Wow, thanks for the insight. Didn't know that was the case.

I was also unaware of Pierre Page, thanks for sharing. This move is starting to make some good sense, I really hope we sign Grenier next offseason.

"Thinking outside the box."

Isn't that what Gillis said impacted him the most about the book Moneyball? This move seems to be exactly that. Everyone knows that Grenier is a "gentle giant" and most teams would be trying to change his entire game by telling a 6'5" 200lbs guy to put on 20-30lbs of muscle in order to hammer guys into the boards instead of realizing he is what he is, a skill guy getting used to gangly arms & legs, and trying to squeeze out his offensive potential. So Gillis send him off to Austria to learn how to use his size to protect the puck, create space and therefore offense against men rather than use his size to crash and bang against men.

On top of that, people have been saying for years that the bigger ice surface over there helps nurture more "skilled" players. Gillis must be thinking "top-six forward" for Grenier rather than "top-six forward with the ability to become a bottom-six if top-six doesn't pan out" and since Gillis knew there would barely be bottom-six minutes with the Wolves, let alone top-six minutes, it's off to some new innovative program that is showing some tangible results in the "'overachieving' on a consistent basis" department. I bet you Gillis probably sees a lot of similarities between what he's trying to implement over here (new, innovative ideas) and what Page appears to be doing over there.

I wonder if Gillis & Co see any future Johan Franzen-type upside in Grenier, ie all the size & skating ability in the world but needed years to develop into a late bloomer at age 25.

Edited by Millerdraft
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a 6'5" 200lbs guy to put on 20-30lbs of muscle in order to hammer guys into the boards

I'm sure what you said makes perfect sense but I still like the sound of this.

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"Thinking outside the box."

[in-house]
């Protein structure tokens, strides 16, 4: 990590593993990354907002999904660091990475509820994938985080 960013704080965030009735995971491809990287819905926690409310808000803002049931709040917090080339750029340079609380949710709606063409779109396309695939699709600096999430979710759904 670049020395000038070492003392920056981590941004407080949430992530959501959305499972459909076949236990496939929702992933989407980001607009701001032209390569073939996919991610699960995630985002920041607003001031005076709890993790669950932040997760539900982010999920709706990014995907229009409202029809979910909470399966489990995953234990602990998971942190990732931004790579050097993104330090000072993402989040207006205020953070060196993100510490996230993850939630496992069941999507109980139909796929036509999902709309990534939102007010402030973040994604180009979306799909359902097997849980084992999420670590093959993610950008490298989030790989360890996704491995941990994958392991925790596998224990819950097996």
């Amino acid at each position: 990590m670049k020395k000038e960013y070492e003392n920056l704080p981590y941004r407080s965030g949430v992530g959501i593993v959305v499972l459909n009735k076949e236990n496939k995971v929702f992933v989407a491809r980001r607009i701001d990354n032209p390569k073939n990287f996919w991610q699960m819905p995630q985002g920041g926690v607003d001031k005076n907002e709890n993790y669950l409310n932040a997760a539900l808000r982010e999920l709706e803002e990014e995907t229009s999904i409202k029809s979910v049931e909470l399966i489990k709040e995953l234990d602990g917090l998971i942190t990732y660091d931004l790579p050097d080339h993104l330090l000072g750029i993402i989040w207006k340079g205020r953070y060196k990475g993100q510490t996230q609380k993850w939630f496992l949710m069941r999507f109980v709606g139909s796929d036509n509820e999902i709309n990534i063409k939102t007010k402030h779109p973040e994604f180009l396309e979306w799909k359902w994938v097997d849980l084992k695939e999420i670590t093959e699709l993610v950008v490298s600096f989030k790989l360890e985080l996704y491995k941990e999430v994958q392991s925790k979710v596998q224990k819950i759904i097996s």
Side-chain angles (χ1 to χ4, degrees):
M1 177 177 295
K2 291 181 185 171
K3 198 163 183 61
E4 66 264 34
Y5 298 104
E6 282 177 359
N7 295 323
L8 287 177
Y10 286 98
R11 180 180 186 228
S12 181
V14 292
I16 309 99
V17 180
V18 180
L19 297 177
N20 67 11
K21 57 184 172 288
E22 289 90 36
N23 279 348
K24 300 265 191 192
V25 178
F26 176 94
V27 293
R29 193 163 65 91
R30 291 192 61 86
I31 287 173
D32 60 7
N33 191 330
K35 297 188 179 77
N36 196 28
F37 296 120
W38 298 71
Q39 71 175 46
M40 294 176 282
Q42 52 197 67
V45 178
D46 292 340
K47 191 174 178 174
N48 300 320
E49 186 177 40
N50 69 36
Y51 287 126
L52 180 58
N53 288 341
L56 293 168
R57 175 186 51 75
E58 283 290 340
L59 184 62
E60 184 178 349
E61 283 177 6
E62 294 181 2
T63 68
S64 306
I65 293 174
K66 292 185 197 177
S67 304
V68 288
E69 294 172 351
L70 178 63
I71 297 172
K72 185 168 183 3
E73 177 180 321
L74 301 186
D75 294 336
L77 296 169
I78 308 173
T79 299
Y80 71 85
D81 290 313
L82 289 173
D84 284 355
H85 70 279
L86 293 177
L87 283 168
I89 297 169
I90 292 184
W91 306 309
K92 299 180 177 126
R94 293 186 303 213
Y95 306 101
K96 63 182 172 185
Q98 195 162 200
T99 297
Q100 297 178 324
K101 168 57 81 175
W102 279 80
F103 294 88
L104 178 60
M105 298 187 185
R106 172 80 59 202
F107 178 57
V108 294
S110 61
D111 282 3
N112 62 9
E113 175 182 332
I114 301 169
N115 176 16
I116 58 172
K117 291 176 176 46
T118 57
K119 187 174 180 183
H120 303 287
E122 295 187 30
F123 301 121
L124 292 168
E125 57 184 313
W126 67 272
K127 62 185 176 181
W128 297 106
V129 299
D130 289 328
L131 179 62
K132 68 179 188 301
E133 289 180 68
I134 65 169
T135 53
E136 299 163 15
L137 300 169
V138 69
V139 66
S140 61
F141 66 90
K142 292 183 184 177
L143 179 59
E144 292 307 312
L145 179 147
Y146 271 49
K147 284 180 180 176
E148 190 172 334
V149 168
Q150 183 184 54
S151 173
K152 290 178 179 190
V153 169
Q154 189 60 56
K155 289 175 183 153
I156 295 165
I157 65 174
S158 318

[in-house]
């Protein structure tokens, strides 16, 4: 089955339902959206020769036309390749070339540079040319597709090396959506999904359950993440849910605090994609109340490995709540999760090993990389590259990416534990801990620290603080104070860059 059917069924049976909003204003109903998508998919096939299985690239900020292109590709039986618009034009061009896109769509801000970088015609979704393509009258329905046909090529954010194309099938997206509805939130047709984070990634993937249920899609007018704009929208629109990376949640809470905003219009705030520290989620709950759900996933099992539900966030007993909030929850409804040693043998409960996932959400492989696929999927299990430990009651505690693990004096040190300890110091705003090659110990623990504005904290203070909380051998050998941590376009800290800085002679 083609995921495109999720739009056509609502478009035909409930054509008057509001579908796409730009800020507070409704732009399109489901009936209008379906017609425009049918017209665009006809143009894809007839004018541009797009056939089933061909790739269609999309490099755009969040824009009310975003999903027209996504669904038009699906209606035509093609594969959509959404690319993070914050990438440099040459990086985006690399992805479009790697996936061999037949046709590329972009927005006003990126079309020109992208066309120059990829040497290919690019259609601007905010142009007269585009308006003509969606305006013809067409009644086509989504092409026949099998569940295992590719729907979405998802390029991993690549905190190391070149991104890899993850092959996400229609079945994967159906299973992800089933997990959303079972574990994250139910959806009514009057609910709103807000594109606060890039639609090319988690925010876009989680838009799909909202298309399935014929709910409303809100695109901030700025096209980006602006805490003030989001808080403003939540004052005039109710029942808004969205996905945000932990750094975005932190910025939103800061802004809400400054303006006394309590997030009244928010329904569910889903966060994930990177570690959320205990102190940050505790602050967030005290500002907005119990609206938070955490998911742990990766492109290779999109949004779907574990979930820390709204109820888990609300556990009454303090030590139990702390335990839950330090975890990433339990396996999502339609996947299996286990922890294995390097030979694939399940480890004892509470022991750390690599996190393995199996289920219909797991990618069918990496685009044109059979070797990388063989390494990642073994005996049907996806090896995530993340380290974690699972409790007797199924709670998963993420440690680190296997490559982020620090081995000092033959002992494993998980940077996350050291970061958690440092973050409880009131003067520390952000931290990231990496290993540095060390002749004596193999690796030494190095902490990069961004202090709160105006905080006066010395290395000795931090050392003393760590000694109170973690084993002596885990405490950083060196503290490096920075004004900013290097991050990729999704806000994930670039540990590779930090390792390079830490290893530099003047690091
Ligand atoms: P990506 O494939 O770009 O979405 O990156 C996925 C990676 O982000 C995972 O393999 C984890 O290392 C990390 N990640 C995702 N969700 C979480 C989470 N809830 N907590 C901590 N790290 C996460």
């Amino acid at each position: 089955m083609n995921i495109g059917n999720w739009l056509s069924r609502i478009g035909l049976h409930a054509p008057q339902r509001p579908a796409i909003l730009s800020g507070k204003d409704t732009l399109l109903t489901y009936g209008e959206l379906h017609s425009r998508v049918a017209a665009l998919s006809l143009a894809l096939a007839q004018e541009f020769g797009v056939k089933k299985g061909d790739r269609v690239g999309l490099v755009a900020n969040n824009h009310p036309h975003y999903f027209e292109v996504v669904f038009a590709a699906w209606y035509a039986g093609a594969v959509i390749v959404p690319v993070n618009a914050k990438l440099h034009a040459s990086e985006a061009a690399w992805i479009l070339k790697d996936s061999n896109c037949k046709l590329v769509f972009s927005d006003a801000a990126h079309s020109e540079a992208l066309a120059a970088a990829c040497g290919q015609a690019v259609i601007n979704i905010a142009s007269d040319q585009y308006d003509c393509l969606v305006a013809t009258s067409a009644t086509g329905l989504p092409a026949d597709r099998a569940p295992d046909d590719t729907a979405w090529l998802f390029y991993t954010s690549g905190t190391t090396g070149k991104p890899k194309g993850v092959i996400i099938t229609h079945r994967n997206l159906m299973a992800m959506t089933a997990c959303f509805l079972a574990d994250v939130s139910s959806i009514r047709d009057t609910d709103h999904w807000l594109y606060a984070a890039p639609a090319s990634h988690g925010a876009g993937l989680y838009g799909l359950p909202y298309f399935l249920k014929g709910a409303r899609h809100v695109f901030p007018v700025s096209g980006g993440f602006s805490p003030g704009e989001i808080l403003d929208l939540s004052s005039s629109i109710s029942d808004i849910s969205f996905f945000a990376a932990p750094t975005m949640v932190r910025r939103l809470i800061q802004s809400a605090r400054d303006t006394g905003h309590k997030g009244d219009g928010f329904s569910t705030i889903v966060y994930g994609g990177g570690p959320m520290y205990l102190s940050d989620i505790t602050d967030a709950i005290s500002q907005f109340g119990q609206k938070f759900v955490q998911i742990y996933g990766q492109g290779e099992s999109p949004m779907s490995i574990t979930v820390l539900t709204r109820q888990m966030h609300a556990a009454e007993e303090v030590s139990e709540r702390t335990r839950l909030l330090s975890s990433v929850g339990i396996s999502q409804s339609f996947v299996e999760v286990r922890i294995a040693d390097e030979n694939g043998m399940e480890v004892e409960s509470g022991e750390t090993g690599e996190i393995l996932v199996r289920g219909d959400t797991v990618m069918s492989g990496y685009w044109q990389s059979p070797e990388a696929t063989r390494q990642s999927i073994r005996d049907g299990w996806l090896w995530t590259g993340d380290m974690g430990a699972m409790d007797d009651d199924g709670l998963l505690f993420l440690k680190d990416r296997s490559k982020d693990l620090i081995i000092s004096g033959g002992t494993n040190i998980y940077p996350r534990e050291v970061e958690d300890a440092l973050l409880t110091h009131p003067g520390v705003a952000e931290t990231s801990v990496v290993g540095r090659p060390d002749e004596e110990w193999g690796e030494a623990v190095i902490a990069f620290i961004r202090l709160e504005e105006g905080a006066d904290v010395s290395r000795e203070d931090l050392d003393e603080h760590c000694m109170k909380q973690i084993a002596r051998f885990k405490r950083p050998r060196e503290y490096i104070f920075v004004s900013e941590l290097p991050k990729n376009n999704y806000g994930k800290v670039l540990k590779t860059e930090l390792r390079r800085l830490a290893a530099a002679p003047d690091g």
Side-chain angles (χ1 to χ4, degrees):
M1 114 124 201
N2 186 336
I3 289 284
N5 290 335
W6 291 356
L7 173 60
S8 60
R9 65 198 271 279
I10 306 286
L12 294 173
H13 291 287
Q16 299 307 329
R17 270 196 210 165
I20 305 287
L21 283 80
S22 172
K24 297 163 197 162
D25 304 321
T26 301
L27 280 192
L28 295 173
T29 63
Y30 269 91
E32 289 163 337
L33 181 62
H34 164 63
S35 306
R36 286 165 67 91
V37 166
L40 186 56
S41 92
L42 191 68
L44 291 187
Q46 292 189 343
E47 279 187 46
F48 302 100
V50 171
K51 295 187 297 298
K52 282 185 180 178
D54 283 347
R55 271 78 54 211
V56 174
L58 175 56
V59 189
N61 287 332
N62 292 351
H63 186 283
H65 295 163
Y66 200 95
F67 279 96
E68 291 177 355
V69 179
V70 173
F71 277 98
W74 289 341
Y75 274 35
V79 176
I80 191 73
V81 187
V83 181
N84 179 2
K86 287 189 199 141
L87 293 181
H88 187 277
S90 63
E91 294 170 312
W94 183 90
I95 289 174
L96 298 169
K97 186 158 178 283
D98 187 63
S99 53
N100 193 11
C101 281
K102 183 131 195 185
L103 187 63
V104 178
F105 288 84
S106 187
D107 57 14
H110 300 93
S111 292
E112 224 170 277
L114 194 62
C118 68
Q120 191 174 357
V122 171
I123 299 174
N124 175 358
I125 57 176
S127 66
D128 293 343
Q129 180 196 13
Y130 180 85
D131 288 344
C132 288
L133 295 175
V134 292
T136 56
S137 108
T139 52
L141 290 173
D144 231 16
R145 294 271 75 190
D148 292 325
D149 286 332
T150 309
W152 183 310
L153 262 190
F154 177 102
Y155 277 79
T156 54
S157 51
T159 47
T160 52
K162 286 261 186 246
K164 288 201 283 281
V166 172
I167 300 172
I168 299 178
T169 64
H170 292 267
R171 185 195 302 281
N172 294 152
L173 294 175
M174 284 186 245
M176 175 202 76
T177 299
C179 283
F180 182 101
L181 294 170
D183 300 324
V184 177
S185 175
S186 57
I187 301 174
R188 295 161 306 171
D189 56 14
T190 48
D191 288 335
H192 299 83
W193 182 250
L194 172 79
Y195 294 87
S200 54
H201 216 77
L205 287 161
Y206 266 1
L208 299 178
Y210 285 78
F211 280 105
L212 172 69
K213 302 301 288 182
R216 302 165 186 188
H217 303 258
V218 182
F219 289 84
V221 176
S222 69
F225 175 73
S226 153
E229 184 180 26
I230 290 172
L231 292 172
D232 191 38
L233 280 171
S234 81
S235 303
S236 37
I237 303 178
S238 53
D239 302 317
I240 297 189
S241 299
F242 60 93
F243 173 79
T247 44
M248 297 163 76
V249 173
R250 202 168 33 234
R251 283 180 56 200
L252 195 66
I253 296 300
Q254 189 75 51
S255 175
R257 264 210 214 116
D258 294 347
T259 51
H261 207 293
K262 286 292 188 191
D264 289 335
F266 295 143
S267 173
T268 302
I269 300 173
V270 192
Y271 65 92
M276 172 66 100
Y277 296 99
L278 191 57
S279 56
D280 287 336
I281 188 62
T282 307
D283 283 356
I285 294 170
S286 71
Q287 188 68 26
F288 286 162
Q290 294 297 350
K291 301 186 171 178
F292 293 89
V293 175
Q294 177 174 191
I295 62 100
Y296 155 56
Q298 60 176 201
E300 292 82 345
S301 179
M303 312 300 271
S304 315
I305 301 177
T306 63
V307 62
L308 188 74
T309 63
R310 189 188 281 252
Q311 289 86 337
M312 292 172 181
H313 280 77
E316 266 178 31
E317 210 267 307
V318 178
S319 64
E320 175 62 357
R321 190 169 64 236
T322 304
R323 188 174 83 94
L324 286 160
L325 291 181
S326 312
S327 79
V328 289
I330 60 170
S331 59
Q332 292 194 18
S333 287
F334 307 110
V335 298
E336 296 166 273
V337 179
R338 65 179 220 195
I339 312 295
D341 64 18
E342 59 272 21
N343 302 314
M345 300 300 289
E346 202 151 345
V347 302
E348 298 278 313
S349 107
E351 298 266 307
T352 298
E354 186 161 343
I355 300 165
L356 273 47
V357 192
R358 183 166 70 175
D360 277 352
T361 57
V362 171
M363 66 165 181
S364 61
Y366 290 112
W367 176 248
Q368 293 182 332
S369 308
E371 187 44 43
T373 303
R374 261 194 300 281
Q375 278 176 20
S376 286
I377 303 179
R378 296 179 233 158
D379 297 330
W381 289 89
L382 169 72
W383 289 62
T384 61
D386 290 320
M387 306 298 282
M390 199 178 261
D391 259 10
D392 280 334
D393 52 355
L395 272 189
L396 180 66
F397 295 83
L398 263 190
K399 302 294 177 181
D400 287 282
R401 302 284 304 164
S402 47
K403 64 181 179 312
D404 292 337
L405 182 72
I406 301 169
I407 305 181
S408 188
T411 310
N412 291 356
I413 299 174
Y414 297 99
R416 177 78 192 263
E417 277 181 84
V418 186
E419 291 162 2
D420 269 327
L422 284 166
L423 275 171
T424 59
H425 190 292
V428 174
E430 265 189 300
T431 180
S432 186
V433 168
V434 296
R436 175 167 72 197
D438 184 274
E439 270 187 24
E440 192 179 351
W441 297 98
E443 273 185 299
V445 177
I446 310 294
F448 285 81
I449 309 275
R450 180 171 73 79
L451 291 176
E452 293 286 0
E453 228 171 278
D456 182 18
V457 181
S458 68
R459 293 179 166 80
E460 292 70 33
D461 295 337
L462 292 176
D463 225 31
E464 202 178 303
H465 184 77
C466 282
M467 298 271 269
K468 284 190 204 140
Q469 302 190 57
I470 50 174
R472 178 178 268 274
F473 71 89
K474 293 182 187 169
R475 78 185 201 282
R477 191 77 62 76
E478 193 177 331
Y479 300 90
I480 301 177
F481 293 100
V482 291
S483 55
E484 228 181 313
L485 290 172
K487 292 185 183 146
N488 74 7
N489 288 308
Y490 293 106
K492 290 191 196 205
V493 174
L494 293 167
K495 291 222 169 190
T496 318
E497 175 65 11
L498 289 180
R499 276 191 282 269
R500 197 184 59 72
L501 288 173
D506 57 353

Isn't that what Gillis said impacted him the most about the book Moneyball? This move seems to be exactly that. Everyone knows that Grenier is a "gentle giant" and most teams would be trying to change his entire game by telling a 6'5" 200lbs guy to put on 20-30lbs of muscle in order to hammer guys into the boards instead of realizing he is what he is, a skill guy getting used to gangly arms & legs, and trying to squeeze out his offensive potential. So Gillis send him off to Austria to learn how to use his size to protect the puck, create space and therefore offense against men rather than use his size to crash and bang against men.

On top of that, people have been saying for years that the bigger ice surface over there helps nurture more "skilled" players. Gillis must be thinking "top-six forward" for Grenier rather than "top-six forward with the ability to become a bottom-six if top-six doesn't pan out" and since Gillis knew there would barely be bottom-six minutes with the Wolves, let alone top-six minutes, it's off to some new innovative program that is showing some tangible results in the "'overachieving' on a consistent basis" department. I bet you Gillis probably sees a lot of similarities between what he's trying to implement over here (new, innovative ideas) and what Page appears to be doing over there.

I wonder if Gillis & Co see any future Johan Franzen-type upside in Grenier, ie all the size & skating ability in the world but needed years to develop into a late bloomer at age 25.

More than interesting!

If MG has that level of insight with Grenier then my question would be what happened with Mason Raymond? I understand that MG inherited Raymond but a promising talent is proabably on the way out of town IMHO because of poor development and coaching.

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More than interesting!

If MG has that level of insight with Grenier then my question would be what happened with Mason Raymond? I understand that MG inherited Raymond but a promising talent is proabably on the way out of town IMHO because of poor development and coaching.

Nonis rushed him up here after only 32 AHL games (45 including playoffs) so he clearly didn't follow the Detroit model of over-ripening prospects with Raymond and when Gillis came on board the roster was so uber thin/top-six starved for offense that he let Raymond develop on the fly which, admittedly, looks like a mistake. Although, Gillis did keep Grabner marinating longer because he was still down there when he came on board.

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I can't see the way the Canucks handled Raymond being a mistake. The guy put up 25 goals and 53 points in 09/10 (his 3rd season and 2nd full season). He was coming along just fine but just hit a wall and then furthermore endured that bad back injury.

I actually think that all in all Raymond is a success story as far as the Canucks' player development program goes. There are TONS of 2nd round picks that have done much worse and accomplished far less than Mason Raymond.

Anyways, back on topic (Alexandre Grenier).

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Canuck prospect Grenier's European adventure

BY JIM JAMIESON, THE PROVINCE JUNE 6, 2012

Alexandre Grenier is ensconced in his Salzburg apartment, has his complimentary car and is already training with EC Red Bull.